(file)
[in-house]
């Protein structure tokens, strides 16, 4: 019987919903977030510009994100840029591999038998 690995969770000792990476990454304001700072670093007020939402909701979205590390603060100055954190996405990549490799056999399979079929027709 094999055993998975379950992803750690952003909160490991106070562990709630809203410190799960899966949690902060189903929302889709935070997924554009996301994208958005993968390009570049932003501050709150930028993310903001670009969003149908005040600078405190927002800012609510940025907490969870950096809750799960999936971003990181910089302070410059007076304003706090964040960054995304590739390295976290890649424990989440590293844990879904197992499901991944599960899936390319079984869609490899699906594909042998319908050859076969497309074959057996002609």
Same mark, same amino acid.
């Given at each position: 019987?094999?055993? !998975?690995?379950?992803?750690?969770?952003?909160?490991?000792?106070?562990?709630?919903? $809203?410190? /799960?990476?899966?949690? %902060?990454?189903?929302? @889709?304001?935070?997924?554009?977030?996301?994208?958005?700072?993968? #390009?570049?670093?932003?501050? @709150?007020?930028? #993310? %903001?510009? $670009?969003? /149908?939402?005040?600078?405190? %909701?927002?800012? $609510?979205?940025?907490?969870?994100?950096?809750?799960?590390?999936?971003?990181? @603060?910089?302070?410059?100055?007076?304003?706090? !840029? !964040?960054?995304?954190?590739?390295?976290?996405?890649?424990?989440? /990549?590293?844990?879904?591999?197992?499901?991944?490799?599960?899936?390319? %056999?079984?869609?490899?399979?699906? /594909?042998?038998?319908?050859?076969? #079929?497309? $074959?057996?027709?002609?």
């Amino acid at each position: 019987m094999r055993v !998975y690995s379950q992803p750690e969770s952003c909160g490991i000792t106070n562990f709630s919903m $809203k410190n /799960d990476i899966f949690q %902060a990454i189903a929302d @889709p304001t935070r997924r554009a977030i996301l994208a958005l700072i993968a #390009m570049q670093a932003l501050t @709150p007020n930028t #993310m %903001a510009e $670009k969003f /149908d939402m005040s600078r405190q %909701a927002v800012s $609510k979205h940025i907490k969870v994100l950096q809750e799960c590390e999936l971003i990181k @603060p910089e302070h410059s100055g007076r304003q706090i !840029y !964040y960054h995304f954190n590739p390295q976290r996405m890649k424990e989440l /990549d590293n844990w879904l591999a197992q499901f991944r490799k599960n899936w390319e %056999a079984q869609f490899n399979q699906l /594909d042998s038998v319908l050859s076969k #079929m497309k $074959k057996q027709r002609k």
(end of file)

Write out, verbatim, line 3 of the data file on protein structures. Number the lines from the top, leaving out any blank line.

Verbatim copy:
Same mark, same amino acid.